Glass stays at The Midland Hotel Manchester

Visiting a luxury hotel you’ve never been to before is always a gripping experience,“16 Peter Street, please”, I tell my taxi driver at Manchester Piccadilly station, when a few minutes later the car comes to a halt in front of a six-storey, late nineteenth-century building. Right across the Gothic Revival-inspired Manchester Central Library, I open the door to the taxi, look up and adorned in an elaborate, golden typeface the words Midland Hotel gleam against the building’s red stone.

The Midland Hotel is the only pre-20th century hotel in the city centre which was designed and built with the intention of it being a hotel – this opposed to the many other hotels in the city which have been reconverted from warehouses. Undoubtedly this is why walking into the Midland feels like you’re walking into Edwardian history; the guest feels part of a completely different century, one that is slow-paced and opulent.

Midland Hotel ManchesterThe impressive exterior of  The Midland Hotel Manchester

Its magnificent lobby imparts an air of grandeur as its open floor plan is bathed in light coming from the immense skylight crowning the space. As I tour around the hotel’s spaces, it becomes clear that there are a thousand and one reasons to not just stay at but also visit the Midland: weddings, corporate meeting events, conferences, fine-dining, afternoon tea, leisure and a brand-new state of the art gym, pool and spa.

Presidential Suite - BedroomPresidential Suite – Bedroom

Presidential Suite - Sitting RoomPresidential Suite – Sitting Room

With 14 meeting rooms alone, its ground and first floors are fully reserved for events and dining, each of them architecturally phenomenal spaces that exude with historic authenticity.

A visit to the Trafford Suite reveals the setting of where the very first tango was danced; the intimate and charming Rolls Suite and Royce Suite is legendary for being the very place where Charles Stewart Rolls and Sir Frederick Henry Royce met in 1904, resulting in the two entrepreneurs founding the legendary luxury automotive brand; and finally, The French, its fine-dining restaurant run by two-Michelin star chef Simon Rogan.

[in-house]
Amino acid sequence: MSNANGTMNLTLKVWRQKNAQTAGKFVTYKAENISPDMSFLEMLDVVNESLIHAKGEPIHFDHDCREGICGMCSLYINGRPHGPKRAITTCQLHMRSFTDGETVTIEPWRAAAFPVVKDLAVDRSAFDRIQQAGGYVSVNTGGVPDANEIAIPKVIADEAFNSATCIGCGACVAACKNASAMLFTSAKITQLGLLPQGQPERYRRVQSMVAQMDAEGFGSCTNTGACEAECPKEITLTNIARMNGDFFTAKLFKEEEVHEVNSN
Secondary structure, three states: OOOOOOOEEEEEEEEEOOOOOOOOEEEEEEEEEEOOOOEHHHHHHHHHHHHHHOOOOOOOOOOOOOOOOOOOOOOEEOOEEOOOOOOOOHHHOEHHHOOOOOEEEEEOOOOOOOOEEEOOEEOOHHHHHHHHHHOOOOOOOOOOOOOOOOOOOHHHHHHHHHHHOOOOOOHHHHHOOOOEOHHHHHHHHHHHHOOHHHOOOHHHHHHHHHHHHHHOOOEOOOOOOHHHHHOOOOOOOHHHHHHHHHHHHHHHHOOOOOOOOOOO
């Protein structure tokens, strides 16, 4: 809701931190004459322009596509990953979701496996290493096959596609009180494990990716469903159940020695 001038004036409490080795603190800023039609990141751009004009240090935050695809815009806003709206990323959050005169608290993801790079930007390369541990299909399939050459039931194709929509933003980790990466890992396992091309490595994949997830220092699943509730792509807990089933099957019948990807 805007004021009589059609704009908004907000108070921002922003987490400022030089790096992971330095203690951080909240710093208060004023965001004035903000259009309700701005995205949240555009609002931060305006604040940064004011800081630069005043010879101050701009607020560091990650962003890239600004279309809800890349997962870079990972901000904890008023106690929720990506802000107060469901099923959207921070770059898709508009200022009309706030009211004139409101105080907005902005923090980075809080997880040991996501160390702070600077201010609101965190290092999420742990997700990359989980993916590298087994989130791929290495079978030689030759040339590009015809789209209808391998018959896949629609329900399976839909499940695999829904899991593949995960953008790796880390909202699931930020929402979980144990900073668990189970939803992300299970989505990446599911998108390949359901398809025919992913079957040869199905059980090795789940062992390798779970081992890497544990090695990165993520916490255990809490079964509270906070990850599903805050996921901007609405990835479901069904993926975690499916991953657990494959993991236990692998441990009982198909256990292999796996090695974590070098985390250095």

Midland Hotel ManchesterA deco detail at the Midland Hotel Manchester

But the coupe de grâce of the Midland, for me, has to be its stunning Presidential Suite. Spacious and decorated with a modern flair, large cylindrical chandeliers hang from the common room and the bedroom. The bedroom – as spacious as the dining room, with sitting space and a work area – is decorated with dark shades of brown, pristine whites, deep purples and warm yellows and golds; its king-size bed framed with an enormous white wood and brown leather headboard.

Midland Hotel ManchesterThe pool at the Midland, one of its leisure spaces

In the opposite room, separated by a foyer and the bathroom, a dining area seating eight people is placed opposite a seating space surrounded by four, tall bay windows that look out to the Library building. The space catches the last rays of sunset, making the room glow in the most subtle, romantic shade of orange, perfect for enjoying a glass of wine. Take it from me, leaving the bedroom will be the hardest thing you’ll do while in Manchester.

Midland Hotel ManchesterThe Midland Hotel’s hallway is designed for two ladies in ballgowns to cross paths without touching

There is no detail that goes amiss at the Midland. Its very wide hallways – designed this way so that women wearing nineteenth and twentieth century ballgowns could cross paths without having their dresses touch – are decorated with framed letters, drawings, notes and paintings. These mementos were all either found in the rooms – left behind by the guests – or crafted by the many generations of hotel staff, fortifying the sense of historical authenticity the hotel has, along with its link to Manchester and its people.

by Regner Ramos

Midland Hotel, 16 Peter St, Manchester M60 2DS
Tel: 0161 236 3333